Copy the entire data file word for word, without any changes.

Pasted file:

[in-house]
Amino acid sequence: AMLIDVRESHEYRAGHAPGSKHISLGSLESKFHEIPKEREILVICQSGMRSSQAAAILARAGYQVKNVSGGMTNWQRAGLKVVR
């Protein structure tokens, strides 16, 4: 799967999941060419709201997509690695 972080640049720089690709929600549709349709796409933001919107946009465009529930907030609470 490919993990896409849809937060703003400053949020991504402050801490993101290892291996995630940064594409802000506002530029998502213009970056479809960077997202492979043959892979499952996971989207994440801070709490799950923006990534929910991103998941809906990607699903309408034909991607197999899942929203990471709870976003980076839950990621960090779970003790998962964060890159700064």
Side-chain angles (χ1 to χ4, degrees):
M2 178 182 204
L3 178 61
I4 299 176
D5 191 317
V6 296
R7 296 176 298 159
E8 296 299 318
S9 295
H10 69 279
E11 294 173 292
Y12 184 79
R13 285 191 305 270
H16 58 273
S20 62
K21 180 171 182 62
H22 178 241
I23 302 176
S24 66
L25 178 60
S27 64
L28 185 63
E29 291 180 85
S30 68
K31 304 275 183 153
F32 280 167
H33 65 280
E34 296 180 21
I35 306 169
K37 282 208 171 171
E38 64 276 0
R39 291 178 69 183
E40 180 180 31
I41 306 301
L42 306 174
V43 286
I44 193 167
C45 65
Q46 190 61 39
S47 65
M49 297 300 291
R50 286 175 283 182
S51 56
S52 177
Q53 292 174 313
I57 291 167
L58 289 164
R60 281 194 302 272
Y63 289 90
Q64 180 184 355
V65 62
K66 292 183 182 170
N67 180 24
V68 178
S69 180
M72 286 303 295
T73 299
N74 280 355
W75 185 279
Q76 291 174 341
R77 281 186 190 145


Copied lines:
[in-house]
Amino acid sequence: AMLIDVRESHEYRAGHAPGSKHISLGSLESKFHEIPKEREILVICQSGMRSSQAAAILARAGYQVKNVSGGMTNWQRAGLKVVR
């Protein structure tokens, strides 16, 4: 799967999941060419709201997509690695 972080640049720089690709929600549709349709796409933001919107946009465009529930907030609470 490919993990896409849809937060703003400053949020991504402050801490993101290892291996995630940064594409802000506002530029998502213009970056479809960077997202492979043959892979499952996971989207994440801070709490799950923006990534929910991103998941809906990607699903309408034909991607197999899942929203990471709870976003980076839950990621960090779970003790998962964060890159700064």
Side-chain angles (χ1 to χ4, degrees):
M2 178 182 204
L3 178 61
I4 299 176
D5 191 317
V6 296
R7 296 176 298 159
E8 296 299 318
S9 295
H10 69 279
E11 294 173 292
Y12 184 79
R13 285 191 305 270
H16 58 273
S20 62
K21 180 171 182 62
H22 178 241
I23 302 176
S24 66
L25 178 60
S27 64
L28 185 63
E29 291 180 85
S30 68
K31 304 275 183 153
F32 280 167
H33 65 280
E34 296 180 21
I35 306 169
K37 282 208 171 171
E38 64 276 0
R39 291 178 69 183
E40 180 180 31
I41 306 301
L42 306 174
V43 286
I44 193 167
C45 65
Q46 190 61 39
S47 65
M49 297 300 291
R50 286 175 283 182
S51 56
S52 177
Q53 292 174 313
I57 291 167
L58 289 164
R60 281 194 302 272
Y63 289 90
Q64 180 184 355
V65 62
K66 292 183 182 170
N67 180 24
V68 178
S69 180
M72 286 303 295
T73 299
N74 280 355
W75 185 279
Q76 291 174 341
R77 281 186 190 145